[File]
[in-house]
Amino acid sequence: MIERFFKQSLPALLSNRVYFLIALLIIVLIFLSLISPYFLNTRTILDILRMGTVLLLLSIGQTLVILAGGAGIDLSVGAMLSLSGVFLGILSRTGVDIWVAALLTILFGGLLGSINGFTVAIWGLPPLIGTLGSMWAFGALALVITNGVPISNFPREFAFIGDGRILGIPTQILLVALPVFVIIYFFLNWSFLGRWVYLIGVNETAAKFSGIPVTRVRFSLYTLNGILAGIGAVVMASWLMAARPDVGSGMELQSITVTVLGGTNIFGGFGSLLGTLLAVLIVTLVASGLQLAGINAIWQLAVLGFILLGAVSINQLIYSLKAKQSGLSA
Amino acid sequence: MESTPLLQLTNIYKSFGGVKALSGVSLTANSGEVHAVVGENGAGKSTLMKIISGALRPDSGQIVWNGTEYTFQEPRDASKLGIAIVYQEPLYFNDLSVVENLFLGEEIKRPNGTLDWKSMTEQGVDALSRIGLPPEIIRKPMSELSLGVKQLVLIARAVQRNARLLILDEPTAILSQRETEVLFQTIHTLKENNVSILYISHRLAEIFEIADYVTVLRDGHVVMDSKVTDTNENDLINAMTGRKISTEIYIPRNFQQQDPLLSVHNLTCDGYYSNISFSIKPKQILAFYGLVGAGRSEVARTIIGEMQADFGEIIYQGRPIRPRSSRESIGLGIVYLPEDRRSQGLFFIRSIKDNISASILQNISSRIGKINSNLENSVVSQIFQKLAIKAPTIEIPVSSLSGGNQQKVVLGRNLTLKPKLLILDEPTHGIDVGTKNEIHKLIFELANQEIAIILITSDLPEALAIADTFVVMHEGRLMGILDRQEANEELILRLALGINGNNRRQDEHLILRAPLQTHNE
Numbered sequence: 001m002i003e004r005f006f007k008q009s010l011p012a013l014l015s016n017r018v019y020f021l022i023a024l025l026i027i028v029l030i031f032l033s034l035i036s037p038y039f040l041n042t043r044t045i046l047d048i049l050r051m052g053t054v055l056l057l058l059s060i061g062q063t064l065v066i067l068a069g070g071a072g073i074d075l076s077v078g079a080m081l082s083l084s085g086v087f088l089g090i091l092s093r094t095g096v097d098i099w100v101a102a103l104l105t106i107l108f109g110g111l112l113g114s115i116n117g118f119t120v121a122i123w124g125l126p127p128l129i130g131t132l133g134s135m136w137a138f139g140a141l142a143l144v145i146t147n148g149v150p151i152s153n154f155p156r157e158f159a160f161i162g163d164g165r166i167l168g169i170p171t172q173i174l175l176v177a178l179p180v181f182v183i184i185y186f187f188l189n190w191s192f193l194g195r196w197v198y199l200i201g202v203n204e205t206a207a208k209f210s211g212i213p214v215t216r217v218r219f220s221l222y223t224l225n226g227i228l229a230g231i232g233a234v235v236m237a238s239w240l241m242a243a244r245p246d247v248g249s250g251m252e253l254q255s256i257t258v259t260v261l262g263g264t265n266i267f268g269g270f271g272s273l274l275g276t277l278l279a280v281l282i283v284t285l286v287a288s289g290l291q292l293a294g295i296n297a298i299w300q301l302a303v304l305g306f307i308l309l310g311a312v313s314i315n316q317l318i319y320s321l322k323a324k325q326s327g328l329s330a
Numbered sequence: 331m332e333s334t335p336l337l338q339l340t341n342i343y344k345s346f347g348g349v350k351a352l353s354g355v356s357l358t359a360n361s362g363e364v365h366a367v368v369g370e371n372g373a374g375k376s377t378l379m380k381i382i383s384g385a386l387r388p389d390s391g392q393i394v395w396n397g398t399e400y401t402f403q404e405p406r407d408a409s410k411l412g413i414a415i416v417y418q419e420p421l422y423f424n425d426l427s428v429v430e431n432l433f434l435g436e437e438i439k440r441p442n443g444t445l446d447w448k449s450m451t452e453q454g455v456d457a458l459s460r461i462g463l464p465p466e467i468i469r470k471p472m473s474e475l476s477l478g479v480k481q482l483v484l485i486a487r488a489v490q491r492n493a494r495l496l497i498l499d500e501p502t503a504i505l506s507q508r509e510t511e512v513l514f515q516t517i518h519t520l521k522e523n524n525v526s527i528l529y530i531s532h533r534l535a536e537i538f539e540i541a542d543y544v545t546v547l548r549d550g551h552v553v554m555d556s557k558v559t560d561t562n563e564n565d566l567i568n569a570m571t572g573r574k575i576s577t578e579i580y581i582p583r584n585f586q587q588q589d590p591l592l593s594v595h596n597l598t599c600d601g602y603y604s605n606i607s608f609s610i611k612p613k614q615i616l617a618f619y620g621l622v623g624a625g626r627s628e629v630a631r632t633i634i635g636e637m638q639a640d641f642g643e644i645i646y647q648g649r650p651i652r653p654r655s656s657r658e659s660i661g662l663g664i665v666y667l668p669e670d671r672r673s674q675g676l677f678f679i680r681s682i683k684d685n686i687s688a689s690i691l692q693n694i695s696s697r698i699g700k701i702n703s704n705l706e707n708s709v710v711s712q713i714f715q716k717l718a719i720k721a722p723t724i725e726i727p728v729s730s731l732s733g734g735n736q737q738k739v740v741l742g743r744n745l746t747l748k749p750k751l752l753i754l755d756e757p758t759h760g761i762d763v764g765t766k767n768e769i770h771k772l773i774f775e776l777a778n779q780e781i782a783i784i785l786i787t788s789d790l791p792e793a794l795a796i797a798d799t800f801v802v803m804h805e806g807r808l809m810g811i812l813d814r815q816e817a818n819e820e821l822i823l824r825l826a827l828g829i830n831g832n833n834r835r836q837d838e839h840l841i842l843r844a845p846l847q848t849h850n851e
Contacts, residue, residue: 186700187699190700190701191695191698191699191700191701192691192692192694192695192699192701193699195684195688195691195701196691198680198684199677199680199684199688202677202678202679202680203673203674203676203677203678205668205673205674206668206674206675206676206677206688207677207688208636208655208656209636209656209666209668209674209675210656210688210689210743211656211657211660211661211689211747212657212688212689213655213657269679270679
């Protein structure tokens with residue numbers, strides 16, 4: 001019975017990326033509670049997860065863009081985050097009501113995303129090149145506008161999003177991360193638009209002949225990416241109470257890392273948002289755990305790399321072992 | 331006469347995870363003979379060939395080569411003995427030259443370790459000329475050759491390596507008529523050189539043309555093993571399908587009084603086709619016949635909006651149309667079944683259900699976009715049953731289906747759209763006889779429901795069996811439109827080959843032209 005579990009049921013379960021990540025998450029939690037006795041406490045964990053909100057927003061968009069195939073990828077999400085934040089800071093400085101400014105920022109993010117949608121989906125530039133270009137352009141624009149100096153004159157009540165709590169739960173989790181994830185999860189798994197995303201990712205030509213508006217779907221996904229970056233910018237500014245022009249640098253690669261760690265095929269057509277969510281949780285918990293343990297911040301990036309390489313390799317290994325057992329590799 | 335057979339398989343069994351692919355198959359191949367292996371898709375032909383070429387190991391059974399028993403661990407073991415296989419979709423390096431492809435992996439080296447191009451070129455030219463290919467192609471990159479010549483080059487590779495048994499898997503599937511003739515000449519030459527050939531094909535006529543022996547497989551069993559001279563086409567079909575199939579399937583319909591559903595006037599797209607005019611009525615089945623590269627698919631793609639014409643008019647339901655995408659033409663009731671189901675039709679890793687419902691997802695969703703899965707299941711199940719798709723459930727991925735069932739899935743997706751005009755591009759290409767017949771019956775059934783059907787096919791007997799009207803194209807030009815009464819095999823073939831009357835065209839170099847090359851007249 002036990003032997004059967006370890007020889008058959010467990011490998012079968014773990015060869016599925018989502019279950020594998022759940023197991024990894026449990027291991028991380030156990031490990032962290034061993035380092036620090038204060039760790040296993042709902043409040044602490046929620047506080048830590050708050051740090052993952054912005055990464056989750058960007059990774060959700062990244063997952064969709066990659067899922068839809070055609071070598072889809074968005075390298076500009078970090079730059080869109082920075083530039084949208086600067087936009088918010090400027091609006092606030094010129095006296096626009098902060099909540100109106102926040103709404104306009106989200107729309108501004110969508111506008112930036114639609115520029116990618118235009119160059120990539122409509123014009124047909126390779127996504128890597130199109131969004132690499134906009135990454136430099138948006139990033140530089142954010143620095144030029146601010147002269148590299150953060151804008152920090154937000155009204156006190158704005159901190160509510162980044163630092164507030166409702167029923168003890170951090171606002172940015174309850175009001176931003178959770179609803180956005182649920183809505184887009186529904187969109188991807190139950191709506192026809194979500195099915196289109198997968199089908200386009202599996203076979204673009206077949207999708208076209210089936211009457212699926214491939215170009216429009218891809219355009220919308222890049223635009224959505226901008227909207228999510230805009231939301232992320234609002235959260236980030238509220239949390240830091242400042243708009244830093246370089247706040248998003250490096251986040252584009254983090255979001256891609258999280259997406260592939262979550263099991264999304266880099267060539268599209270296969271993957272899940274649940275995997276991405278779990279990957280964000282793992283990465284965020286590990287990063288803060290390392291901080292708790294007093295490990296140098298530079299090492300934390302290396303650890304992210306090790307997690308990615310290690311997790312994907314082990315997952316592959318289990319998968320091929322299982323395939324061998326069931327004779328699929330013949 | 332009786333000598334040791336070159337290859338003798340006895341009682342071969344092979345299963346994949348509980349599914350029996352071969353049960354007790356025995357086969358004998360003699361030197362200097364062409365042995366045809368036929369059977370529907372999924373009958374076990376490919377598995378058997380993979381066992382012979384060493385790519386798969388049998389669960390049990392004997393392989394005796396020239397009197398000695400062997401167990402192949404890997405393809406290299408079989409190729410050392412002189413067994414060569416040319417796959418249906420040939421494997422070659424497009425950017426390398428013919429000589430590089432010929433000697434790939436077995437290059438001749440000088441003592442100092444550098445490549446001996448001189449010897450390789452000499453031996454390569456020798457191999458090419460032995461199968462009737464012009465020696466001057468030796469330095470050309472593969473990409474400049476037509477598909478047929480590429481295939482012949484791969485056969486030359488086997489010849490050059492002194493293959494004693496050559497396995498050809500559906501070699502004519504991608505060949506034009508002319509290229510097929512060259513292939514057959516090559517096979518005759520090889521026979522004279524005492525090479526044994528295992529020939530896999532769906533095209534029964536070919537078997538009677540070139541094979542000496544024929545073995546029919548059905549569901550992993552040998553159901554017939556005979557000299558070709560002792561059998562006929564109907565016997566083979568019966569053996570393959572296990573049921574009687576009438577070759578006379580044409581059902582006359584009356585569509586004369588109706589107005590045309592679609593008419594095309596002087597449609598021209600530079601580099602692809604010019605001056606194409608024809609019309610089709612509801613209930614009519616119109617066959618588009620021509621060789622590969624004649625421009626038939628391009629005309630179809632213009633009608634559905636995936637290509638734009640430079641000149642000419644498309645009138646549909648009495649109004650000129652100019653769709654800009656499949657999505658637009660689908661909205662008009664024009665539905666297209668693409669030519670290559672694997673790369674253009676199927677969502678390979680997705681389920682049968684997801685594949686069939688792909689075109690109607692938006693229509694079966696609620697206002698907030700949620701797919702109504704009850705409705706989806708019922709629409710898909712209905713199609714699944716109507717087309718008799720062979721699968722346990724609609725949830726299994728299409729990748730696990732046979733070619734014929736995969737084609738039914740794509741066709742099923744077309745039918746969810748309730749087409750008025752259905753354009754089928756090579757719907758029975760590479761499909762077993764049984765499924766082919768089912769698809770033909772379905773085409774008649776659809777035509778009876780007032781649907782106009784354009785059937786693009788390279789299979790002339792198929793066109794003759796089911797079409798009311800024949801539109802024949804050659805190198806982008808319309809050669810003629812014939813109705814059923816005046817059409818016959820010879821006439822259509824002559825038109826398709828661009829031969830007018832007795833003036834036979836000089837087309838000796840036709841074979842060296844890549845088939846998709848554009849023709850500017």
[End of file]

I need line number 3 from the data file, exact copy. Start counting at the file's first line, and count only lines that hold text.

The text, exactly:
Amino acid sequence: MESTPLLQLTNIYKSFGGVKALSGVSLTANSGEVHAVVGENGAGKSTLMKIISGALRPDSGQIVWNGTEYTFQEPRDASKLGIAIVYQEPLYFNDLSVVENLFLGEEIKRPNGTLDWKSMTEQGVDALSRIGLPPEIIRKPMSELSLGVKQLVLIARAVQRNARLLILDEPTAILSQRETEVLFQTIHTLKENNVSILYISHRLAEIFEIADYVTVLRDGHVVMDSKVTDTNENDLINAMTGRKISTEIYIPRNFQQQDPLLSVHNLTCDGYYSNISFSIKPKQILAFYGLVGAGRSEVARTIIGEMQADFGEIIYQGRPIRPRSSRESIGLGIVYLPEDRRSQGLFFIRSIKDNISASILQNISSRIGKINSNLENSVVSQIFQKLAIKAPTIEIPVSSLSGGNQQKVVLGRNLTLKPKLLILDEPTHGIDVGTKNEIHKLIFELANQEIAIILITSDLPEALAIADTFVVMHEGRLMGILDRQEANEELILRLALGINGNNRRQDEHLILRAPLQTHNE